Desalojo de la naturaleza by Juan Arabia

Desalojo de la naturaleza. Juan Arabia. Buenos Aires: Buenos Aires Poetry. 2018.

Every verse collection begins with a text that serves not only as the beginning of the volume we hold in our hands but also as the exposition of a poetics. The first line of the first poem, “Juicio” [Judgment], already places us on a poetic limit that separates the space of the city from the “more savage lands,” that which is articulated through violence, and excess. And so, distance as a presence is diseminated in the tone of the poems ever more powerfully as their lines go by.

Among the subjects that make up the framework of the book, the one that strikes me as central is the relationship between escape and movement, which make up the beginnings of its inquiry into calm and stillness. The escape from the city, in this series of poems, is always presented as something associated with dirtiness, with distress. This is why looking toward the natural environment and escaping toward another territory, that of intimacy, should be a way of shifting the experience of the city in a different direction.

But these territories are also spaces of writing, especially those that are associated with other poets, Arthur Rimbaud or Ezra Pound, Charleville-Mézières or Edinburgh. There is always a place to flee to, since it is from his own city that the poet escapes. Like two distinct forms of visualizing, the poems cover, with a certain nostalgia ,the cities that are not there, a nostalgia for distance that takes shape in the memory of the journey and its shadows.

In this journey that Juan Arabia proposes to us, the poetic word is associated with another space that keeps its distance from the modern city, our city, dirty and hostile. The “unreal city” of T.S. Eliot is transformed, in Arabia’s book, into the city of others, the unbelonging of this urban space that is our lot and, from that point, the vision that pauses over the immediate objects in the traveler’s experience.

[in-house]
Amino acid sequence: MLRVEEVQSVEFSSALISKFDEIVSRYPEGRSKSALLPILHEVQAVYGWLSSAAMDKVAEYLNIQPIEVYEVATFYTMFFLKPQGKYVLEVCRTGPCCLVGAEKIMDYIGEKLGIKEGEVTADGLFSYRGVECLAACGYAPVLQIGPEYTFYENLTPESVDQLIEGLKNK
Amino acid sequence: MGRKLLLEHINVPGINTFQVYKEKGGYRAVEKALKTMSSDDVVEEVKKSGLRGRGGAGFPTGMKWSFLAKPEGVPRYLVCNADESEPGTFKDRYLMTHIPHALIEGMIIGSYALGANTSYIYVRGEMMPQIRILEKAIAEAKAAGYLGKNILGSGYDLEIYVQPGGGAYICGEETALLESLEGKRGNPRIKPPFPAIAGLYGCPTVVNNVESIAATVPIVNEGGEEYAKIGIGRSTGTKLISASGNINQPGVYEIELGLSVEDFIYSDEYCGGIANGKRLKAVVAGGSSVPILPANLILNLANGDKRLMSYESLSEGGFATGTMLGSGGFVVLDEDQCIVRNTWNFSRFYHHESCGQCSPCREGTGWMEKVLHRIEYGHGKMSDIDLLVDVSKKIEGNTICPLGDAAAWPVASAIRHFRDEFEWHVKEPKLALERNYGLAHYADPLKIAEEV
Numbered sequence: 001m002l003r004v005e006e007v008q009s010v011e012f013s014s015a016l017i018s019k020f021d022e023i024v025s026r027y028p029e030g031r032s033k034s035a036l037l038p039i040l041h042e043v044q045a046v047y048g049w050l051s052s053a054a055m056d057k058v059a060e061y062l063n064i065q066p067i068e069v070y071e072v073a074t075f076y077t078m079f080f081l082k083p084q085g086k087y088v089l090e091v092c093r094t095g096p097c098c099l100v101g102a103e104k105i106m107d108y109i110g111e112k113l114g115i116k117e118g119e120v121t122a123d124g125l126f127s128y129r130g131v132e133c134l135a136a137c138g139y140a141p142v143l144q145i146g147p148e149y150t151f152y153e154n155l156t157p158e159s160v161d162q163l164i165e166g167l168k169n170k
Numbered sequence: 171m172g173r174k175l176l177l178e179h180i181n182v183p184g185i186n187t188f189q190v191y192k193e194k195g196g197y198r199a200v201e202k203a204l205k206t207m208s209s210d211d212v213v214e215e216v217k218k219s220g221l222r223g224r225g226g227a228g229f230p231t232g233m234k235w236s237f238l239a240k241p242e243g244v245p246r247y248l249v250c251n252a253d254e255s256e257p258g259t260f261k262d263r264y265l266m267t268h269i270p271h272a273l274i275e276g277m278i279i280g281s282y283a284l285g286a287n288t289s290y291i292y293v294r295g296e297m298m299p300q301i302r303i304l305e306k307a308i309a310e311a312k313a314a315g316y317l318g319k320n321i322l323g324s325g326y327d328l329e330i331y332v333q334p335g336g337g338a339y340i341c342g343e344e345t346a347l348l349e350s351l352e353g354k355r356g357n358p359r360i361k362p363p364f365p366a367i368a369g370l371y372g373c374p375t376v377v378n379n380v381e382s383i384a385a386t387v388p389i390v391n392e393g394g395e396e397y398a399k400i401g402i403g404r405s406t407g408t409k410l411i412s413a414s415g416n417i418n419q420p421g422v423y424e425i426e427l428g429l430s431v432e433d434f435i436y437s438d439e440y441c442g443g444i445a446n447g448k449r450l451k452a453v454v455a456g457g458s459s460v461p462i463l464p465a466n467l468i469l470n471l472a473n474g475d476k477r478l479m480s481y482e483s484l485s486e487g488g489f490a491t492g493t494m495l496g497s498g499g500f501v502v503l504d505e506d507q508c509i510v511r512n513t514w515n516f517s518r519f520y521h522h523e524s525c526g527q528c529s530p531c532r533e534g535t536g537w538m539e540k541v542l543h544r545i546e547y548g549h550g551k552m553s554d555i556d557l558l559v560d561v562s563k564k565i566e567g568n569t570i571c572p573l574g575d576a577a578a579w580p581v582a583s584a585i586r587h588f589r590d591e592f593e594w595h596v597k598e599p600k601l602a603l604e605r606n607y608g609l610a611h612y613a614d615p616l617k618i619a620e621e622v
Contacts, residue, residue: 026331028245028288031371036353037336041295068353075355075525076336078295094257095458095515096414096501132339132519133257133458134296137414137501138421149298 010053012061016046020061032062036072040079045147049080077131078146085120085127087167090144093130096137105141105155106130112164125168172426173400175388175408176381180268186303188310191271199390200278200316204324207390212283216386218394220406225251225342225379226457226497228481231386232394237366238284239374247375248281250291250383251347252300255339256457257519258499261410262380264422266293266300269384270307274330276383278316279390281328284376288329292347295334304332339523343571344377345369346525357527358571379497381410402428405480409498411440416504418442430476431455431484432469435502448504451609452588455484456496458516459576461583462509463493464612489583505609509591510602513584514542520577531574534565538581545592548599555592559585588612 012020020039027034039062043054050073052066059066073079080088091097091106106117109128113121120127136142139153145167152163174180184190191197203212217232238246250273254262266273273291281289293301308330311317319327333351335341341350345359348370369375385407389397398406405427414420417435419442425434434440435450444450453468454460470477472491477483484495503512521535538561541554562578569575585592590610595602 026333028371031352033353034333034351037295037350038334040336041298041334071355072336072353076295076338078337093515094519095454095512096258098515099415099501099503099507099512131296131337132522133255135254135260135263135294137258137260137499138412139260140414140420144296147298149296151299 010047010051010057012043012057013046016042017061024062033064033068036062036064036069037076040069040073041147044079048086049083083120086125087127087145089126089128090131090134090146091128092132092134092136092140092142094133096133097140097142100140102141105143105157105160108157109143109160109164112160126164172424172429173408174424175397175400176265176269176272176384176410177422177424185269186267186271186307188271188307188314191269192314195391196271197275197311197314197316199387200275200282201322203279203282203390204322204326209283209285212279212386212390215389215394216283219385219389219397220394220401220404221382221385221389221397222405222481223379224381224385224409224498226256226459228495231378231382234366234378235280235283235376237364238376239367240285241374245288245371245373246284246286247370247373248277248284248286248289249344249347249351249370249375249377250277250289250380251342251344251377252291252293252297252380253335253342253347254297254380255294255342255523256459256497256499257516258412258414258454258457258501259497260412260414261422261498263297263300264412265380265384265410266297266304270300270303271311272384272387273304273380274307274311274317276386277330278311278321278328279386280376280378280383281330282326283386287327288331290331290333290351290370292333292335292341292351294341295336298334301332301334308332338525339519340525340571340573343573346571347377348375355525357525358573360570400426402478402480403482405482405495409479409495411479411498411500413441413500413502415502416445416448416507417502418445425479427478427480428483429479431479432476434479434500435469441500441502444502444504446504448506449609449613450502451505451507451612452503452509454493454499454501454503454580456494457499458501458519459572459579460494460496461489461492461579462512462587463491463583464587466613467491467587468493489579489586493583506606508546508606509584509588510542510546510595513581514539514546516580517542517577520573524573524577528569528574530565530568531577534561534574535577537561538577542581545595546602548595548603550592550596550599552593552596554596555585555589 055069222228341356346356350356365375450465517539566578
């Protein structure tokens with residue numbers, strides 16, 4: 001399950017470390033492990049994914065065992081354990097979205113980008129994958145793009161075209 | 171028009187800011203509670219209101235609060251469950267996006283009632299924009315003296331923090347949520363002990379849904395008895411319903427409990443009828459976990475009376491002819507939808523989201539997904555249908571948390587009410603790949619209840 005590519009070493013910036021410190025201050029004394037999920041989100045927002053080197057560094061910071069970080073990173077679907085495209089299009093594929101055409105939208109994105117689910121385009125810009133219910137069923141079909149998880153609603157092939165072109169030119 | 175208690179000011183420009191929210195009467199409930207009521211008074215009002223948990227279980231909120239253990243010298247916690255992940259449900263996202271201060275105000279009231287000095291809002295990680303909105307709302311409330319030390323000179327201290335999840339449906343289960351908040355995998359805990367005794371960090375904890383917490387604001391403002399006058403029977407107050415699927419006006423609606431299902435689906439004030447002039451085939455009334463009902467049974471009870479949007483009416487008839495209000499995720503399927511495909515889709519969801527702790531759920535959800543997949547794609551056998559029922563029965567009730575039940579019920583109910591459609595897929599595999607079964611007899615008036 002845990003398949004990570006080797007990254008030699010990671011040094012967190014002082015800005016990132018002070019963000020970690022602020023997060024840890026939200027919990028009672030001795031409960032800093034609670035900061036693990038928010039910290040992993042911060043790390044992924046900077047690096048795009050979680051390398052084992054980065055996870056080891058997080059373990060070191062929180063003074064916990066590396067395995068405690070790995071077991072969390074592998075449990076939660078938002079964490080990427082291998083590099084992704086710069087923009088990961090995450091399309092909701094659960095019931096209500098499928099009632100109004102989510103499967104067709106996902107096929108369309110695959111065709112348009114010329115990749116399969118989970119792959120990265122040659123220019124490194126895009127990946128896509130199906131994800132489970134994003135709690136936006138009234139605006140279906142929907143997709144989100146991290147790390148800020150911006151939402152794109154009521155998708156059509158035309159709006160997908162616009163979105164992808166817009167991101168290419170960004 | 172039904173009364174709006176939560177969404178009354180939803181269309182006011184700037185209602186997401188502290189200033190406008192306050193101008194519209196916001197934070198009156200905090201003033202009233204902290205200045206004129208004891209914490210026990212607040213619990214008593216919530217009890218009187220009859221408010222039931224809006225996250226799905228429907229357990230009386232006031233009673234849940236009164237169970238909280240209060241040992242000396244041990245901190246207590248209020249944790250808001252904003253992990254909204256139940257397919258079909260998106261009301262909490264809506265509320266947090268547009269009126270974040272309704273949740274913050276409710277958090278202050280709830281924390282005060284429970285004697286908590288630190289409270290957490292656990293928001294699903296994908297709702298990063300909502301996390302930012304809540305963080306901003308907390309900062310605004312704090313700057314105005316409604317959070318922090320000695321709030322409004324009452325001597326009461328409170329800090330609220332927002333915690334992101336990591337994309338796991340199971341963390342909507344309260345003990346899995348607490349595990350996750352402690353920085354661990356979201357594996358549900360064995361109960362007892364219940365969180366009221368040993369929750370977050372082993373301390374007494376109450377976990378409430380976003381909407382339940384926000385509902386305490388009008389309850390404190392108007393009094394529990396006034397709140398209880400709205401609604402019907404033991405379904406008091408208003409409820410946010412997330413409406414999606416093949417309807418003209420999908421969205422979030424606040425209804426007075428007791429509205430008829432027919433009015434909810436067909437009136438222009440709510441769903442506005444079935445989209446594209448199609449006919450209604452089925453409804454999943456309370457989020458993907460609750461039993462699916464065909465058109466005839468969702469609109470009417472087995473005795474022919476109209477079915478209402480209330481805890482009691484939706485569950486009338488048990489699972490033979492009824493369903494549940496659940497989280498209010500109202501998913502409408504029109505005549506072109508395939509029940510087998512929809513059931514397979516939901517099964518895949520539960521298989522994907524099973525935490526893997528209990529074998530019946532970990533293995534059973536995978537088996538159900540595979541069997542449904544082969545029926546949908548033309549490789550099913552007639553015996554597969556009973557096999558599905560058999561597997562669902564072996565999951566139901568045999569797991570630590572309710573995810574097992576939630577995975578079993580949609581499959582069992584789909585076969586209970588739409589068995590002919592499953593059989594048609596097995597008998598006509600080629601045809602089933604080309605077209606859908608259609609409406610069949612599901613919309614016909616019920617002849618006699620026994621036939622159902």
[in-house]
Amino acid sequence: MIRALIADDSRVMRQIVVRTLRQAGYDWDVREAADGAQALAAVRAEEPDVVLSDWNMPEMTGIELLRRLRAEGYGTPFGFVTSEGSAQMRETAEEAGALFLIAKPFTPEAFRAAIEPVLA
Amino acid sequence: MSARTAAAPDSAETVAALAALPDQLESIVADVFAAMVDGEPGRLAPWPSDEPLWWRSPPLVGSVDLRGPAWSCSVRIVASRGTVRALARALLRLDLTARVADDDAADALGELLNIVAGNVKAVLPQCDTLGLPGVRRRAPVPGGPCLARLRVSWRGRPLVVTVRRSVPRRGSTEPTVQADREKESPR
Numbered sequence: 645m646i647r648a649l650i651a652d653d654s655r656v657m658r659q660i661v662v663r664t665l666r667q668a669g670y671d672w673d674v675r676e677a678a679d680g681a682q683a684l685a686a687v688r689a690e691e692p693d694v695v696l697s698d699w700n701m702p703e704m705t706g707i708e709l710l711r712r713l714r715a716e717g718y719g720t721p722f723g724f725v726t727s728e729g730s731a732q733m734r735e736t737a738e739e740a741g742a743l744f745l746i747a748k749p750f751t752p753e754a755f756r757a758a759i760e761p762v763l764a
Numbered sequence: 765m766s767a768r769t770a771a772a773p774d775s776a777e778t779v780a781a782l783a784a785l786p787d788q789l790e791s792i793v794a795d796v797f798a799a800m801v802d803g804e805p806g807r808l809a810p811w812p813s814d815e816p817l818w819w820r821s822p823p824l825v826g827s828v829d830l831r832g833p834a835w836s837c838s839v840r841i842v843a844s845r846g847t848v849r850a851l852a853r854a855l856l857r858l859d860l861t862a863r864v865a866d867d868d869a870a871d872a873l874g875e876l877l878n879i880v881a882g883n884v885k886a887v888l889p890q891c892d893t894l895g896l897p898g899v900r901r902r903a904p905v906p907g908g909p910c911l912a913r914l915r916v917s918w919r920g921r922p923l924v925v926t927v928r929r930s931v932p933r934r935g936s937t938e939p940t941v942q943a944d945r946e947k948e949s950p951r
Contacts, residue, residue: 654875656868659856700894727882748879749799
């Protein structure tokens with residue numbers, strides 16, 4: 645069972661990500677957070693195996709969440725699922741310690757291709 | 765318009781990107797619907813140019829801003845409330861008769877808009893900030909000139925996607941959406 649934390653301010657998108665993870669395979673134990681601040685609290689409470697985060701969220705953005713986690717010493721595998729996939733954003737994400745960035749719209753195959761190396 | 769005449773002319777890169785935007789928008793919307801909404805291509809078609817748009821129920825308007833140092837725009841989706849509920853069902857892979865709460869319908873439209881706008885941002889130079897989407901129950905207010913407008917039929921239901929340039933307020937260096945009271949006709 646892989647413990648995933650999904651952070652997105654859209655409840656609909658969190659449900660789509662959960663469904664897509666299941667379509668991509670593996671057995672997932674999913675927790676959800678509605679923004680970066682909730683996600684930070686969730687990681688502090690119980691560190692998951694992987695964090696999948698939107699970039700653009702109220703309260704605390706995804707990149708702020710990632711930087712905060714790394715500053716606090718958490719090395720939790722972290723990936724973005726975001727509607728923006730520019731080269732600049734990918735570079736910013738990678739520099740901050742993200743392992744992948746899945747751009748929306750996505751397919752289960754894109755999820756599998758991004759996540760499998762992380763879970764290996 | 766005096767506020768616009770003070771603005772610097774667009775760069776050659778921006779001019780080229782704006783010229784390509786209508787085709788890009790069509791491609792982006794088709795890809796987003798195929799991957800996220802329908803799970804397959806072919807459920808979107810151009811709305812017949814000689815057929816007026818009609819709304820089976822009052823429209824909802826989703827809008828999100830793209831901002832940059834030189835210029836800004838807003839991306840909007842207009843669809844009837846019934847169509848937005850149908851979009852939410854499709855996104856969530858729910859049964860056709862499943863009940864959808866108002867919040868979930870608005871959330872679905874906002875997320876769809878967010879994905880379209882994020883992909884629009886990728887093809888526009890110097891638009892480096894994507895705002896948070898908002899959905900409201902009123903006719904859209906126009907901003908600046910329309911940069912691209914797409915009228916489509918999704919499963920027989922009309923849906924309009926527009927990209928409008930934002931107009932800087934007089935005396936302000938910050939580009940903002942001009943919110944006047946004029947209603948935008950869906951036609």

Going places or traveling implies a movement that always puts itself forward as a search. Since, if we consider escape, it comes along with the search for a space in which the traveler must pause and observe the world that contains him. The traveler who does not pause to observe retains nothing for his word, only an experience of the indistinct. To pause at one point is to start undertaking a new journey toward other points.

In “El poeta que enterró sus mentiras” [The poet who buried his lies], there is an interruption of the path in Edinburgh, a still and minimal visual description that begins with a display window of Blackwell’s bookshop and timidly extends toward “loss,” a forgetting that allows for the recovery of only a minimal part of the poem: Rose Street and a group of young men getting drunk. “Ardennes” is similar, where the gaze passes and pauses in blows—from one verse to another—like a marked journey, especially through the presence of Rimbaud and other references. And so, to escape is to search in the landscape for the readings of the poetic “I” and to recover a particular and unarticulated experience of the world.

The poem “Cabaret Vert” is also the voice of the poet in pause. A composition of place and atmosphere that recovers an instant and discovers it in the word.

Desgastando mis suelas, ocho días